Catalyst Paper acquires Wisconsin and Maine-based paper mills
“This acquisition represents a new chapter in the history of Catalyst Paper,” Joe Nemeth, president and chief executive officer said. “With the addition of the Rumford and Biron mills, Catalyst becomes a larger and stronger company with five facilities across North America and an estimated production capacity of 2.1 million tons of paper and 500,000 tons of pulp. Catalyst is now the only producer in North America with manufacturing facilities in the West, Midwest and East, and has an enhanced product suite to effectively meet global customer needs.”During the acquisition Catalyst also purchased from the sellers properties and assets needed to operate the two mills, including raw materials, the transition of certain customer orders and accounts, license or transfer of certain intellectual property rights, treatment and disposal of waste and wastewater and other transitional services.Catalyst will begin reporting its operating and production information for the Rumford and Biron mills in its First Quarter Report.
Heidelberg UK partners with ROI360
Heidelberg UK has started selling ROI360’s web-to-print software after forming a partnership with the Cambridgeshire-based firm.
The tie-up has already led to additional business for ROI360, in the shape of long-standing Heidelberg customer Apple Colour in Bristol, which has recently replaced its existing web-to-print system with ROI360’s ROI Storefront.
Heidelberg UK digital product manager Chris Matthews said: “We decided, as we have done in quite a lot of areas of our business to partner up to get better penetration into the market.
“We have quite a few salespeople out there in various disciplines across the UK talking to our customers, and where expertise is needed and we don’t have it, it makes sense to partner with someone else.”
He added: “Apple are quite a big Heidelberg customer – they’ve got an XL 75 and they’ve also got one of our digital Linoprint C901s and a Prinect workflow – so they were a good one to start with.
“What ROI has done with Storefront is make web-to-print more affordable by having a software-as-a-service [subscription] option.”
Apple Colour, which has taken on an additional member of staff, Lindsey Butcher, to administer the ROI360 Storefront and to steer the company’s web-to-print offering, is one of several joint Heidelberg and ROI360 customers, together with Northend Creative Print Solutions and Kingfisher Press.
Matthews said that varying degrees of integration were available between ROI360’s Storefront software and Heidelberg’s Prinect workflow, “depending on how far the customer wants to go with it and how much they want to invest”.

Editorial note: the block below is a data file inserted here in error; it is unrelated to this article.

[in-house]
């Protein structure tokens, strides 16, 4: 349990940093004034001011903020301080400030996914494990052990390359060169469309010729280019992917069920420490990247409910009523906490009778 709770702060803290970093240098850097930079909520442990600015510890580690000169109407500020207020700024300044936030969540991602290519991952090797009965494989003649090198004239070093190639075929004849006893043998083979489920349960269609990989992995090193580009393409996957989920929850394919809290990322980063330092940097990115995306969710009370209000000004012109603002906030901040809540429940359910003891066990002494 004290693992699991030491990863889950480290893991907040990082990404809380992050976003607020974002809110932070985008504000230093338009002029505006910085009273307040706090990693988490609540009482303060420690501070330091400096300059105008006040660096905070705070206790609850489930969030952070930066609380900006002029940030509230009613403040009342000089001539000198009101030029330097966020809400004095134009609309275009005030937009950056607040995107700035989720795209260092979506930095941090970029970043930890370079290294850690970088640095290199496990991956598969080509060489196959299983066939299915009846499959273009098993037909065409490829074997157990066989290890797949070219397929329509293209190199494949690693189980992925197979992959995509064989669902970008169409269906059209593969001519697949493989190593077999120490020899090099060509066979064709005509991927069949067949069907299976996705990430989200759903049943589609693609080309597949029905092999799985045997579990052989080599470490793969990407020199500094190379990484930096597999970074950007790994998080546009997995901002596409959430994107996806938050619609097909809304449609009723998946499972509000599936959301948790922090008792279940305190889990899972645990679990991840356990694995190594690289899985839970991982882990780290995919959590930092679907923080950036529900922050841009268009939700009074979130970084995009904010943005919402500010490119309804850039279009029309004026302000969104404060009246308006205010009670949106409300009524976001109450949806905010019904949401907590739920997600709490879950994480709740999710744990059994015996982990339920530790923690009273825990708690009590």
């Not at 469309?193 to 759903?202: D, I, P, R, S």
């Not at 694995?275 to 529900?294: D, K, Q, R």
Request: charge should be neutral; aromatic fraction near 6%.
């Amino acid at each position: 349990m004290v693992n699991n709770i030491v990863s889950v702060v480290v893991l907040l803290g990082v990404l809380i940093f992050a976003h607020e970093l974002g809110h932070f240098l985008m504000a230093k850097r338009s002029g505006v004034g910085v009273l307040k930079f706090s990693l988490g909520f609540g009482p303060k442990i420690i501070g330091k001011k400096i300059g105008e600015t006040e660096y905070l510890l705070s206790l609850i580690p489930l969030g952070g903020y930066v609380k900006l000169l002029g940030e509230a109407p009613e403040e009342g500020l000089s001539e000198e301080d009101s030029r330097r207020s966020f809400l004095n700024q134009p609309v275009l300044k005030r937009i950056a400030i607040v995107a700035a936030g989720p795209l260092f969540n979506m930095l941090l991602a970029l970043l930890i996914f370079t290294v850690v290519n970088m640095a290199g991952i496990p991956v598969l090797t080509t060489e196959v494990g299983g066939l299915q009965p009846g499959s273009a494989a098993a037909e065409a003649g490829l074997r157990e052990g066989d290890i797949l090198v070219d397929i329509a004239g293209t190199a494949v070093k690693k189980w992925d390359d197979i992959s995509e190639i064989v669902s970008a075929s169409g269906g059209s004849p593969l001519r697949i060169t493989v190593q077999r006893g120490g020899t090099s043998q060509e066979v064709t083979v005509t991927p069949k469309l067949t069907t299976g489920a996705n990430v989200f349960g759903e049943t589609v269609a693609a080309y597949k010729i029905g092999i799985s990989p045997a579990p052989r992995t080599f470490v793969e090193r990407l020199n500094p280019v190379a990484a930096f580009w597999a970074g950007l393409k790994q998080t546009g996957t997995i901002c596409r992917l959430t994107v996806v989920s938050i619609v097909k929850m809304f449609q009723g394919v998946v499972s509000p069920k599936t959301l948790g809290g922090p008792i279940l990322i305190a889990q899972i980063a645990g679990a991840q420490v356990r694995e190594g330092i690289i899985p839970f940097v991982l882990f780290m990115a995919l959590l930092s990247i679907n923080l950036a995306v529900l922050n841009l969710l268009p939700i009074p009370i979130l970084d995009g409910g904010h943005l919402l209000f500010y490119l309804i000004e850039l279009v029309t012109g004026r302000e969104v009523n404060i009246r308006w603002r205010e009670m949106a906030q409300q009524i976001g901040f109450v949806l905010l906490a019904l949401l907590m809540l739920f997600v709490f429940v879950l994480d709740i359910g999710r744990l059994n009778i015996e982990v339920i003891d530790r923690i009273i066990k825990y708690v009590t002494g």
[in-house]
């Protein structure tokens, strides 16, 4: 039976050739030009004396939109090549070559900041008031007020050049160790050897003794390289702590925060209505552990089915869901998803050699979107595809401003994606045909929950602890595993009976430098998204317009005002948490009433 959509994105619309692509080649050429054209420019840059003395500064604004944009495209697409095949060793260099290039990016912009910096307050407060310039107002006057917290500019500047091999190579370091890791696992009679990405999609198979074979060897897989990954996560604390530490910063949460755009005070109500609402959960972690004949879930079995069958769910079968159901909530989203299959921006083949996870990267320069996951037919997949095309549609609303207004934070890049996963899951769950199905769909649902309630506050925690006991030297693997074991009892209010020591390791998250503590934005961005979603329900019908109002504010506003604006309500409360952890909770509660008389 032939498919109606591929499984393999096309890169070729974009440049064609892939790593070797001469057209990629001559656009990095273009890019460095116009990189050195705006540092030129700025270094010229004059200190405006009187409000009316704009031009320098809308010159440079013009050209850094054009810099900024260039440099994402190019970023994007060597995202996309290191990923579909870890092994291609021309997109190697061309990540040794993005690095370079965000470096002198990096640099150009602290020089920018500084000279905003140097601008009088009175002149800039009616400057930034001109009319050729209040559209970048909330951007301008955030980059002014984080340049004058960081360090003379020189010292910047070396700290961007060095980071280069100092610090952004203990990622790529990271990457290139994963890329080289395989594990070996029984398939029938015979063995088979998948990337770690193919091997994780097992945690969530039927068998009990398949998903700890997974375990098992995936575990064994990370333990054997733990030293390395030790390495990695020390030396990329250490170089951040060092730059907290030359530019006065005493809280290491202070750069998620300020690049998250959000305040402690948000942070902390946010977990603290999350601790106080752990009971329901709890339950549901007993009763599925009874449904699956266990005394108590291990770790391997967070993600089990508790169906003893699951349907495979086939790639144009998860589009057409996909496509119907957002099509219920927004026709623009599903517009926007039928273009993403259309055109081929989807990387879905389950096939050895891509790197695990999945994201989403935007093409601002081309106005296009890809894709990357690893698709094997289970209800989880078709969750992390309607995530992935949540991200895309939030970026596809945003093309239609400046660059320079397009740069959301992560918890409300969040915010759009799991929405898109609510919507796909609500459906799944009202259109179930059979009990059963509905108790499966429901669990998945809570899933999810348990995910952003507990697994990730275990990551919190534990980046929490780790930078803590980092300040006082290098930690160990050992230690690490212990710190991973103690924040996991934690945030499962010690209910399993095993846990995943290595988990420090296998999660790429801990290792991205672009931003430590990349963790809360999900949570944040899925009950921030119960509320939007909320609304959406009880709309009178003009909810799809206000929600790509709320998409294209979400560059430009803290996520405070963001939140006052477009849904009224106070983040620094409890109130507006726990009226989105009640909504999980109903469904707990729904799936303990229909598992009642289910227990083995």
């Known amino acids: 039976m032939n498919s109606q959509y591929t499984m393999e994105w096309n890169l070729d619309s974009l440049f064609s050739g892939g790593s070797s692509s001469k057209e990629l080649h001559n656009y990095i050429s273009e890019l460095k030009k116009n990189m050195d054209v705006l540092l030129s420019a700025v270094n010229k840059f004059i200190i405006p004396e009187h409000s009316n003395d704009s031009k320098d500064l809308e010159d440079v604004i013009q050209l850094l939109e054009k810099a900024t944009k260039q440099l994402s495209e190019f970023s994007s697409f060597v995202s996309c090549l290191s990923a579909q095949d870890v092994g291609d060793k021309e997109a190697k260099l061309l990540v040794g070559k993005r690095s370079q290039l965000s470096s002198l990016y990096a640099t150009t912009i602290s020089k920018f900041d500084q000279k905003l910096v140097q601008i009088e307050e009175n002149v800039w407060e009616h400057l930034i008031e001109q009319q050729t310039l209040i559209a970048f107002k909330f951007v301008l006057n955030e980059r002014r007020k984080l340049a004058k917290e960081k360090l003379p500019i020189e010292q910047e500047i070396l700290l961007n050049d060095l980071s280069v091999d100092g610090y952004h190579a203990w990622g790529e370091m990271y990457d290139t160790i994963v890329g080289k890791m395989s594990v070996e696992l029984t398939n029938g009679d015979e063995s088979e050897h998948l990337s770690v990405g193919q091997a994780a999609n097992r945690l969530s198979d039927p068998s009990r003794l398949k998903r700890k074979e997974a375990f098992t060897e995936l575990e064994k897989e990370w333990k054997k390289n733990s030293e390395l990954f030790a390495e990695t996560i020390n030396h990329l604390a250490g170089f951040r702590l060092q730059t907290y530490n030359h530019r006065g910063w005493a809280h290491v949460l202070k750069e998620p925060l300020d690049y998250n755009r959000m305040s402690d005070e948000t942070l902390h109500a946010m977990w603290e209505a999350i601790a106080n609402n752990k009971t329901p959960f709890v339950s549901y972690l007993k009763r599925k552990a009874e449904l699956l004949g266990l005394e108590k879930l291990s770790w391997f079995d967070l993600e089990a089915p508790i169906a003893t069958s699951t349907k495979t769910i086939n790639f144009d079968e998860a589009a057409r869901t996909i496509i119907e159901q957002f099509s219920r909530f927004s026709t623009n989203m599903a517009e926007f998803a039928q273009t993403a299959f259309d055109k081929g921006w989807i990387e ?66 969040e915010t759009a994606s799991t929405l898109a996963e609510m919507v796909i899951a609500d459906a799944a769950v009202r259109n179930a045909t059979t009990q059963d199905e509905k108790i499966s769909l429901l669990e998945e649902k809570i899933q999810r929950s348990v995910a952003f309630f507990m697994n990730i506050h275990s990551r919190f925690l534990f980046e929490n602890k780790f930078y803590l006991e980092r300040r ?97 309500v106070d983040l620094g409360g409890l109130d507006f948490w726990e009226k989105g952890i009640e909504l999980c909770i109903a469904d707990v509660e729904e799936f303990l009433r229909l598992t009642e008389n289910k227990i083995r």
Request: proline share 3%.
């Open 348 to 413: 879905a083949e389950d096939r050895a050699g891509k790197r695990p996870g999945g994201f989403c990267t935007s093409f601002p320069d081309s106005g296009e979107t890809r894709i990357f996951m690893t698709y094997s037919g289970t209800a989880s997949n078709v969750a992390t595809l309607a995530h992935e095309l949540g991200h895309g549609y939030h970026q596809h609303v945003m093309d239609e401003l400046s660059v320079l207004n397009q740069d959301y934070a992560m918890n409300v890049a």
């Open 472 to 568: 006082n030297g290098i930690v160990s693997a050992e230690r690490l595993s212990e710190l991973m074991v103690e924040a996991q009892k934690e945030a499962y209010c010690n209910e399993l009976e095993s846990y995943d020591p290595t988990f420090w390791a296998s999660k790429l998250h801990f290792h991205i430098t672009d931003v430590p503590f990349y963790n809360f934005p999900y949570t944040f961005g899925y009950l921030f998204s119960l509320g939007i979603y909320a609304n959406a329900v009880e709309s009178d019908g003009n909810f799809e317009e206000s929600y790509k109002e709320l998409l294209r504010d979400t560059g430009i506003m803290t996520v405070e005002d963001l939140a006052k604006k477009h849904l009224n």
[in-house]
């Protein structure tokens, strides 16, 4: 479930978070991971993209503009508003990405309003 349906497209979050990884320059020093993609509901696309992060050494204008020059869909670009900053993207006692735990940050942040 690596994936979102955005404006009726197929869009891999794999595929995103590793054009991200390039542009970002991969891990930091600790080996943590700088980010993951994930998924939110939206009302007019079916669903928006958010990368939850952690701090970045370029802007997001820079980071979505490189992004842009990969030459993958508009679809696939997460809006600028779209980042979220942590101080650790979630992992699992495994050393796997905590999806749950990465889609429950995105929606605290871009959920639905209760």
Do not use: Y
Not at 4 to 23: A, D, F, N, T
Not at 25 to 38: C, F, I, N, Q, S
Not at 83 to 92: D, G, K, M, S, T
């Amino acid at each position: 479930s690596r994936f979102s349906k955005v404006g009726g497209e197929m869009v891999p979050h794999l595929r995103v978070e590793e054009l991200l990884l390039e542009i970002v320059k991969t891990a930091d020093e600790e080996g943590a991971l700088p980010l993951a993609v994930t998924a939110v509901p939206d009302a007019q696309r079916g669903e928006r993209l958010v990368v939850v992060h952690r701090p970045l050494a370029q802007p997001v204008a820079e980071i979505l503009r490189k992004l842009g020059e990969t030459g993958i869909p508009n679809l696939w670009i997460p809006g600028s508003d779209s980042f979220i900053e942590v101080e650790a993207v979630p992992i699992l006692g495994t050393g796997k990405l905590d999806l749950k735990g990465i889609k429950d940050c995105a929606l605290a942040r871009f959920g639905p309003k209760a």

MeadWestvaco and RockTenn to Combine, Creating a $16B Global Packaging Leader
Under the terms of the agreement, which has been unanimously approved by the boards of directors of both companies, MWV stockholders will receive 0.78 shares of NewCo for each share of MWV held. RockTenn shareholders will be entitled to elect to receive either (a) 1.00 shares of NewCo or (b) cash in an amount equal to the volume weighted average price of RockTenn common stock during a five-day period ending three trading days prior to closing for each share of RockTenn held. The cash and stock elections by RockTenn shareholders will be subject to proration such that the resulting ownership of NewCo will be approximately 50.1% by MWV shareholders and 49.9 percent by RockTenn shareholders, and based on the shares outstanding today, approximately 7 percent of RockTenn shares will receive cash in lieu of stock. This targeted ownership ratio of NewCo will facilitate the continued favorable tax attributes of the previously announced spin-off of MWV’s specialty chemicals business, which the parties intend to complete after the closing of the business combination.
Steven C. Voorhees, CEO of RockTenn said, “This transaction brings together two highly complementary organizations to create a new, more powerful company with leadership positions in the global consumer and corrugated packaging markets. This is a terrific opportunity for shareholders, employees and customers of both companies, all of whom stand to benefit enormously from the combination. Importantly, our two companies are also an exceptional cultural fit, sharing a commitment to exceeding customer expectations and a focus on developing innovative packaging solutions. Planning for the integration of these two companies has already started and we expect to expeditiously realize the full value of cost synergies we have identified.”